Edwina PearceA town isn’t a town without a bookshop. And the more so if there is a 10 per cent discount on hardbacks in these hard times. But Marlborough’s White Horse Bookshop, founded 60 years ago, is more than that.
It has become a mecca over the years as a centre for one day art workshops – now creative writing adventures too – which have proved an attraction to the retired, young mothers and students too who want to develop their talents.
“We’ve also got a knitting workshop going too,” says Edwina Pearce (pictured), who has been organising the workshops for almost 13 years, as well as running the White Horse’s professional artists’ materials department.
“So I’m always looked outside the box for new people who can offer something different. It’s a job I enjoy. So my heart goes into it. And it works wonderfully, up to eight people meeting in warm and comfortable surroundings to develop their talents.
“It’s almost like a club, a miniature version of Marlborough’s Summer School, with people coming back year after year. I love to see them again. They send me emails telling me what they’re doing. It’s great, like being part of a big family.”
It’s a family too with foreign members. Penny Dedman, who lives in Luxembourg, arranges visits to her daughter to coincide with workshop classes, Ann Summers comes from Spain to meet up with old friends, and Ann Meale travels from the Isle of Wight to attend workshops with her daughter.
The renown of the tutors working in an upstairs studio with windows on three sides in the 17th century bookshop building adds to the value of the workshops.
Bill Mather, whose workshop this Saturday is on Wiltshire landscapes in three colour acrylics, is but one of them, along with Susanna Bailey and Kim Vines, all professional artists with their own websites where you can see their work for yourself.
The relaxed, friendly atmosphere is one of the workshops’ virtues, which is recognised by Debby Guest, a member of the bookselling staff.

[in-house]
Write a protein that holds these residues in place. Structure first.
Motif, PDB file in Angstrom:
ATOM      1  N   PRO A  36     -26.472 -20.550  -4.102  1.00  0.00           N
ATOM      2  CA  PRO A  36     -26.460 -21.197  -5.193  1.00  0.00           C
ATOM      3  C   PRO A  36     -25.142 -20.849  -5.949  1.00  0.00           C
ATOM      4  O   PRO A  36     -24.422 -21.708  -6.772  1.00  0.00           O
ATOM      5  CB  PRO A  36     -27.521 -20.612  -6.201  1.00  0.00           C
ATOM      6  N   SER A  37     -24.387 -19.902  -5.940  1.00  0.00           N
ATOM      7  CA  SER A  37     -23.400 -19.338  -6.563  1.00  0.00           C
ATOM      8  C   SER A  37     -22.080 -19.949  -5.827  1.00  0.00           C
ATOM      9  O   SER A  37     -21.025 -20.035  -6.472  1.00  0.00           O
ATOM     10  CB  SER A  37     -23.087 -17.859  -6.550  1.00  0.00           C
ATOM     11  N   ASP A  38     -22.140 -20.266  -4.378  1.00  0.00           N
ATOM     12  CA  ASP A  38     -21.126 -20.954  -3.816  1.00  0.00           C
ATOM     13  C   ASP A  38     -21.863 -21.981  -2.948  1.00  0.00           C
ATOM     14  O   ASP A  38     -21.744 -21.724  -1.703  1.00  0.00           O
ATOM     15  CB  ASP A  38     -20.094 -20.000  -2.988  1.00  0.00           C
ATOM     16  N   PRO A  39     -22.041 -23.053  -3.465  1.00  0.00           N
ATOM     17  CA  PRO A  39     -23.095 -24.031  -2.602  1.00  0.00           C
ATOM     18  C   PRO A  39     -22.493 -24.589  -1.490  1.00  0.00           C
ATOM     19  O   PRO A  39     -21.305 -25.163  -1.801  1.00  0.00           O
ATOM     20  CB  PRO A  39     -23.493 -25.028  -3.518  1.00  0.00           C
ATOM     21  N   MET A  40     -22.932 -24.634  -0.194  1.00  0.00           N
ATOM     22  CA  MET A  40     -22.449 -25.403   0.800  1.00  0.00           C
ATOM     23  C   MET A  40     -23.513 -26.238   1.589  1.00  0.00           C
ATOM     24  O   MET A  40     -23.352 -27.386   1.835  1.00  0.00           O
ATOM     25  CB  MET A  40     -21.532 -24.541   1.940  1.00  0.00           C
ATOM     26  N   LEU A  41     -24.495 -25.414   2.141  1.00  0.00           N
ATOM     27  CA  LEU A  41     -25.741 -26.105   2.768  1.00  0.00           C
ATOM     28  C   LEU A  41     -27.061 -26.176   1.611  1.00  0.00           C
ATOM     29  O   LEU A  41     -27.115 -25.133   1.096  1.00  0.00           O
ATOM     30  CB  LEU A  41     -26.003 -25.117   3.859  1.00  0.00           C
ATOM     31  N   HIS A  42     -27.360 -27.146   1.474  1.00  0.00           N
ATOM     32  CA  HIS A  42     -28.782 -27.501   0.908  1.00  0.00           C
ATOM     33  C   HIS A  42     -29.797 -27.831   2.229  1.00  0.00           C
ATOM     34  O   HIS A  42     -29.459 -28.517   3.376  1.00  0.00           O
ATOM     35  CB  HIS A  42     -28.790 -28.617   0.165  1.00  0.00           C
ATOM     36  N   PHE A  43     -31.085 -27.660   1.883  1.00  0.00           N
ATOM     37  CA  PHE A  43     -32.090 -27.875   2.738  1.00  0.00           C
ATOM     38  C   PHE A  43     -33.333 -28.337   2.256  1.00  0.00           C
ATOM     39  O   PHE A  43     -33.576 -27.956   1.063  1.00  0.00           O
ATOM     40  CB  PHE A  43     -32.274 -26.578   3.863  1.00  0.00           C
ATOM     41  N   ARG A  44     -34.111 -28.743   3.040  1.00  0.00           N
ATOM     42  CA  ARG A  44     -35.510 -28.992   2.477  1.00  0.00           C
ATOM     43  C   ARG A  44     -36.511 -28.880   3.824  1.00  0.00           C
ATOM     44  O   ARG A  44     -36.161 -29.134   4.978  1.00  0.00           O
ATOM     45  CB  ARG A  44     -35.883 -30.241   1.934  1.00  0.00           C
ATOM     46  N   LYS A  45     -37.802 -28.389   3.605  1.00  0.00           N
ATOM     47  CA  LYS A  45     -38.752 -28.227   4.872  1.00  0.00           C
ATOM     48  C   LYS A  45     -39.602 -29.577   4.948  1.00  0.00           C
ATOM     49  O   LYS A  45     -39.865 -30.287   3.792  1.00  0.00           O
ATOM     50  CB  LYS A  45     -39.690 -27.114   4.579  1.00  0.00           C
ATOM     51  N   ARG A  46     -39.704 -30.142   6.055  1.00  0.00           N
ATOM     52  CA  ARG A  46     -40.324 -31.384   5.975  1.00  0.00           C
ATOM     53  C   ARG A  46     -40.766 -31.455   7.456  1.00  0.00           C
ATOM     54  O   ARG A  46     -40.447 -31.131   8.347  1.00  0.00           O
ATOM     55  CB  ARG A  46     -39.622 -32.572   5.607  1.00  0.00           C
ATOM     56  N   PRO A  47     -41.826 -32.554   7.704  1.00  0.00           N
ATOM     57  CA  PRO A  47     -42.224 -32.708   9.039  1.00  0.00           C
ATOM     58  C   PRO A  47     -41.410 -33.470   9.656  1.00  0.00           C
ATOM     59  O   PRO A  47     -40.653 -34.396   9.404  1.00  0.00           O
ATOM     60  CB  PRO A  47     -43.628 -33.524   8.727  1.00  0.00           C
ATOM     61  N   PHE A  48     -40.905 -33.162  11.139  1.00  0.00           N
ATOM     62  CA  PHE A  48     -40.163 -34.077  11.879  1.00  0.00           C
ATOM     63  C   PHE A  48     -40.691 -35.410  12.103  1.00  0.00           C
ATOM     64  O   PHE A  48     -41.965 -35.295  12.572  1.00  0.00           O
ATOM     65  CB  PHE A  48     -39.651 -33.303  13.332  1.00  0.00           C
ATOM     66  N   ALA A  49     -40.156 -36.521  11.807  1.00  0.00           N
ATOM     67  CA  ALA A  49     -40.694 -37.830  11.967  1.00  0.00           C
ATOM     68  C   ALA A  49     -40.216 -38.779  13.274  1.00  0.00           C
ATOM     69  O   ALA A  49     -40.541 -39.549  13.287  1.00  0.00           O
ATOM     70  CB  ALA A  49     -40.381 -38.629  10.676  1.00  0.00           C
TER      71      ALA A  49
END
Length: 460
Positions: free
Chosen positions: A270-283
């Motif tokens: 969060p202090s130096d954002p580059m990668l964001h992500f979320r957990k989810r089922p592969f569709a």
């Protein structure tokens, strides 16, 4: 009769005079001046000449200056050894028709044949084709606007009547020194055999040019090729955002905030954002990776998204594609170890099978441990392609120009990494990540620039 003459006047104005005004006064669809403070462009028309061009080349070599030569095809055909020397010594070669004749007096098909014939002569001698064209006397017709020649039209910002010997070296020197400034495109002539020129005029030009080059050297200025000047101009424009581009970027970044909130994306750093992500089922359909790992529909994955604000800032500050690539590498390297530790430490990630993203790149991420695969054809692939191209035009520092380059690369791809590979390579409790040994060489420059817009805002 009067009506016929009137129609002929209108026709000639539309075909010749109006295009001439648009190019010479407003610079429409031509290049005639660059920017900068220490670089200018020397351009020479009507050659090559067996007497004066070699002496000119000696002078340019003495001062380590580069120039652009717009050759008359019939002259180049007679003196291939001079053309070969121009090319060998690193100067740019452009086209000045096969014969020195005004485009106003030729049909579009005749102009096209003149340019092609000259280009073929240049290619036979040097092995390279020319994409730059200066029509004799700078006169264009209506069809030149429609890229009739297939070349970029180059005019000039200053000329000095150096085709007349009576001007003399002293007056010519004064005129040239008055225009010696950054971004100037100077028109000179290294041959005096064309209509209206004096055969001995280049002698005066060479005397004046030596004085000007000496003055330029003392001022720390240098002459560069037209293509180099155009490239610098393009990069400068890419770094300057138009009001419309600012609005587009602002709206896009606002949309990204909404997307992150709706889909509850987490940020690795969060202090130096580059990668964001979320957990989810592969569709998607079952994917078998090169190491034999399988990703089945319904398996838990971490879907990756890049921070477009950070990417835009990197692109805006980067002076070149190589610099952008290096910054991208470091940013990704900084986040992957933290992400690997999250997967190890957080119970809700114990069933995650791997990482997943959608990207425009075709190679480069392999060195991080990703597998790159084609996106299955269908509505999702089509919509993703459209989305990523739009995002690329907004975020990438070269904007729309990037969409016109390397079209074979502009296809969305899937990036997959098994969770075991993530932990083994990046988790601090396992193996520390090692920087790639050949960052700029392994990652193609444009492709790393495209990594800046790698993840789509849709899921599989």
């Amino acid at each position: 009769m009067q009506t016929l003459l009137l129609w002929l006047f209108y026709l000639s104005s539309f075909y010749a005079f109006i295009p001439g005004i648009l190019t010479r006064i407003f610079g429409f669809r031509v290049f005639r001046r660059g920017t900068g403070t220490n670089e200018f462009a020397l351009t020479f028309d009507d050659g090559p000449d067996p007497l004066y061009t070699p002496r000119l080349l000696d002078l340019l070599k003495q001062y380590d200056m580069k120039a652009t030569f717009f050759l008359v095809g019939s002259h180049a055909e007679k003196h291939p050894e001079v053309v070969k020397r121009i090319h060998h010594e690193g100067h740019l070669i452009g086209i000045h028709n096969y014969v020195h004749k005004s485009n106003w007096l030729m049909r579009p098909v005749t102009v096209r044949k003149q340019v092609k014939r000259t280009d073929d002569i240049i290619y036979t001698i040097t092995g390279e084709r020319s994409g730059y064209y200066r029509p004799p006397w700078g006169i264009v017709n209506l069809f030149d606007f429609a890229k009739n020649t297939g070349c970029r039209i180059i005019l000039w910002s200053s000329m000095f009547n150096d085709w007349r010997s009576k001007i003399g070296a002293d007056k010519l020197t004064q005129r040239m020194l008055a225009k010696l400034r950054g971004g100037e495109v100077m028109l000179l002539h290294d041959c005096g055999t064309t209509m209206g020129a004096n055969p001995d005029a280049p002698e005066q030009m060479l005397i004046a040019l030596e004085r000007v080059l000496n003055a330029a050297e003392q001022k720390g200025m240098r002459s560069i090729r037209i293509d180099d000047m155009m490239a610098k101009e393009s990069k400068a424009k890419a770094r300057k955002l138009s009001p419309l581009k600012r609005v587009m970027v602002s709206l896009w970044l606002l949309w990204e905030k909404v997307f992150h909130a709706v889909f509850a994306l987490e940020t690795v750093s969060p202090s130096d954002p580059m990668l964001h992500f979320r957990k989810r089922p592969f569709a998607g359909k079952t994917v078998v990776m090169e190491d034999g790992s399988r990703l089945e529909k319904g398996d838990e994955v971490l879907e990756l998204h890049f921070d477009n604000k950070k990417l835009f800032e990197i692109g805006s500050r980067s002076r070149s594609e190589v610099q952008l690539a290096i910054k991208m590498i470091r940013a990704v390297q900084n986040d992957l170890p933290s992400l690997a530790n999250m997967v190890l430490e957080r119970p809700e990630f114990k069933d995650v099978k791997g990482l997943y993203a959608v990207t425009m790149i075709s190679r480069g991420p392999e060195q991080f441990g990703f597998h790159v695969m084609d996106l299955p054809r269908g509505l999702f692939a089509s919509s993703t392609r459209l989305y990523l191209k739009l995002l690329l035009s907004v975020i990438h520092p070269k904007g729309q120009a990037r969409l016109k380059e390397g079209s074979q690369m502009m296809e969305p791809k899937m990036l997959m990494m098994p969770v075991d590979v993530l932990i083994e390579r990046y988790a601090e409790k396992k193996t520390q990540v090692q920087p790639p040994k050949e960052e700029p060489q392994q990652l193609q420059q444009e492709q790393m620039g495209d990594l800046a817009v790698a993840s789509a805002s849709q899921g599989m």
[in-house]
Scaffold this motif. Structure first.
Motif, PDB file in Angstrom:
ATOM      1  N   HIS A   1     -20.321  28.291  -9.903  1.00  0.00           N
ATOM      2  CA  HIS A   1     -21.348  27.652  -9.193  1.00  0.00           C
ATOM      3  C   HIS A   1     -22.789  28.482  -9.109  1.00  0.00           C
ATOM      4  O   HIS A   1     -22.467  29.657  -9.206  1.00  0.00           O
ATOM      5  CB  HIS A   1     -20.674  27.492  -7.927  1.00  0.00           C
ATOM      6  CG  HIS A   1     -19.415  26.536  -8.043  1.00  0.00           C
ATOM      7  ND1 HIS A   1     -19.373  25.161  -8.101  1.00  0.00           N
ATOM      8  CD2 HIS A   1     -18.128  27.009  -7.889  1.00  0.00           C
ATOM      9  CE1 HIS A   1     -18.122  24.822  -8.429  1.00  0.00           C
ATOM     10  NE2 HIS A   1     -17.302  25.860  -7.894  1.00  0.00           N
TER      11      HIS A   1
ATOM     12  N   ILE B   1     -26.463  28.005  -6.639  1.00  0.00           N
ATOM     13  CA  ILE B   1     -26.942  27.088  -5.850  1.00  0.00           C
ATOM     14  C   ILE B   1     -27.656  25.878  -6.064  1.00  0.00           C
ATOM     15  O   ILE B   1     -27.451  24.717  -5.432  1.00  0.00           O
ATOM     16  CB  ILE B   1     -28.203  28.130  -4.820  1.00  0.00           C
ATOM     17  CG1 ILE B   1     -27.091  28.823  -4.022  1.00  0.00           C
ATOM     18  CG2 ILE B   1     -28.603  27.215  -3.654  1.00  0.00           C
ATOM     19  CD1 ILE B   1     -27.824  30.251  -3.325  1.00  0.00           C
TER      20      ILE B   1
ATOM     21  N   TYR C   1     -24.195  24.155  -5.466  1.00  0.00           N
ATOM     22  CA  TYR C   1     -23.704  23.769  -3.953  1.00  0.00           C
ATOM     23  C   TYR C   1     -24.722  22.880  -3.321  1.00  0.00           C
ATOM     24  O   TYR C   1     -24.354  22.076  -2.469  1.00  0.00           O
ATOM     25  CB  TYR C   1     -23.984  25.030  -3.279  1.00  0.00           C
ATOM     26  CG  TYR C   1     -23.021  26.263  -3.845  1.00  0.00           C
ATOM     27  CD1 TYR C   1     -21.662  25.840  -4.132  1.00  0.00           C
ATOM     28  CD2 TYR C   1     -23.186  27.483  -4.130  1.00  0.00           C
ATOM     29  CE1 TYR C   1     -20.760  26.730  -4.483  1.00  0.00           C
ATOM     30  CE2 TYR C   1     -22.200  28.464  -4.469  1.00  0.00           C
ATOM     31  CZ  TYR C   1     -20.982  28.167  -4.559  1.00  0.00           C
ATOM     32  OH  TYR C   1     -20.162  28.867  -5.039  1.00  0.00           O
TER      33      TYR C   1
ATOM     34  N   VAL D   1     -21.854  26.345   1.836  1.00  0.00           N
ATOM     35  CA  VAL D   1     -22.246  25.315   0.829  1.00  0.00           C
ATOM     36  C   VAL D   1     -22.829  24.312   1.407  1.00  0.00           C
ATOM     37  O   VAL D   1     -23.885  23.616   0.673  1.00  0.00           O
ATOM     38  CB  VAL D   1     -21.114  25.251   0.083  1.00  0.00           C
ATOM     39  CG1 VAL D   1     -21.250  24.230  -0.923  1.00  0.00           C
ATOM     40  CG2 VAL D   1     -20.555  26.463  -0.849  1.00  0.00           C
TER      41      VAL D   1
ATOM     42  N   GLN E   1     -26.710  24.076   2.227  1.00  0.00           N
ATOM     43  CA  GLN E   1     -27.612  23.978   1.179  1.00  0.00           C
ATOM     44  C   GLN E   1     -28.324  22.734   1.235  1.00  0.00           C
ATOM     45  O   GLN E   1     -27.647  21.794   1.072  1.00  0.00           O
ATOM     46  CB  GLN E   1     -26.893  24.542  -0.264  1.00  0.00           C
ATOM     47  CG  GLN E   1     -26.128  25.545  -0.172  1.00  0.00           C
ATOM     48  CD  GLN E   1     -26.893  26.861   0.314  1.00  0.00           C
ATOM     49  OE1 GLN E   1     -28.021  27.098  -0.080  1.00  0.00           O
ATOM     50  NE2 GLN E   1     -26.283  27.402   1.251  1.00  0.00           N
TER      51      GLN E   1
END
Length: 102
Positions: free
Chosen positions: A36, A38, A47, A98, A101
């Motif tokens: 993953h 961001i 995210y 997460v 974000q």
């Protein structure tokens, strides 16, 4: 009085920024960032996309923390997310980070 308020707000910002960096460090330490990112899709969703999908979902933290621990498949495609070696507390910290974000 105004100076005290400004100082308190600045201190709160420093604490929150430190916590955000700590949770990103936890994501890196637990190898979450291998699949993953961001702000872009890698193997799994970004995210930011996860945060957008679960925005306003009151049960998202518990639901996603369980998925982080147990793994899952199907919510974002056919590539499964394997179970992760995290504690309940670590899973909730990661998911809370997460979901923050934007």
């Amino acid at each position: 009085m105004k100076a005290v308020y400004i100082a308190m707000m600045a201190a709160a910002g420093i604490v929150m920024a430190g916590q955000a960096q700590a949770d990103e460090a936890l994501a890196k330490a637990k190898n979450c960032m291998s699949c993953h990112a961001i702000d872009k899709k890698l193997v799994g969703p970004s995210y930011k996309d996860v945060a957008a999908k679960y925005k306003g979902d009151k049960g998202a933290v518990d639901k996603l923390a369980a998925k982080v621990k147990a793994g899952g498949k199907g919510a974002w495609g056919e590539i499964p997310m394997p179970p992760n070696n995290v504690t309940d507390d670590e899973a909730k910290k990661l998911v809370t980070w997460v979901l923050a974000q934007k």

“What we offer is a comfortable, non-pressurised environment for people to come in and do something they always fancied trying their hand at and never knew quite where to start,” Debby explains.
“Everybody can have a say, have a go. Nobody is going to get left out and neither is anybody going to be pushed to the front.
“If you’ve not tried pastels, there’s a tutor there who will set a project, show you techniques, give you ideas and you can go out at the end of the day with a finished piece of work.” she explains.
“The classes are incredibly popular. We have people who come back time after time.”
Many will welcome novelist Debby Holt and short story writer Alison Clink are now giving workshops in creative writing.
“They enable people to kick-start something they have always wanted to do, to write their own life story, a short story or a novel,” adds Debby Guest. “They may have always wanted to write a novel but never really knew how to get going.
“The first rule in writing is bum on seat and this is it, for a whole day you can get on with it.”
The workshops, which take place on a weekly basis until June 10, cost £27 with a £15 deposit required when booking.
For full details see White Horse website – www.whitehorsebooks.co.uk
Cherry MawbyIt will be the largest ever production of the ever-popular musical CATS and St John’s Academy student Cherry Mawby has been selected to be one of the fifty young dancers at the heart of the performance on Sunday, March 24 in Birmingham’s National Indoor Arena.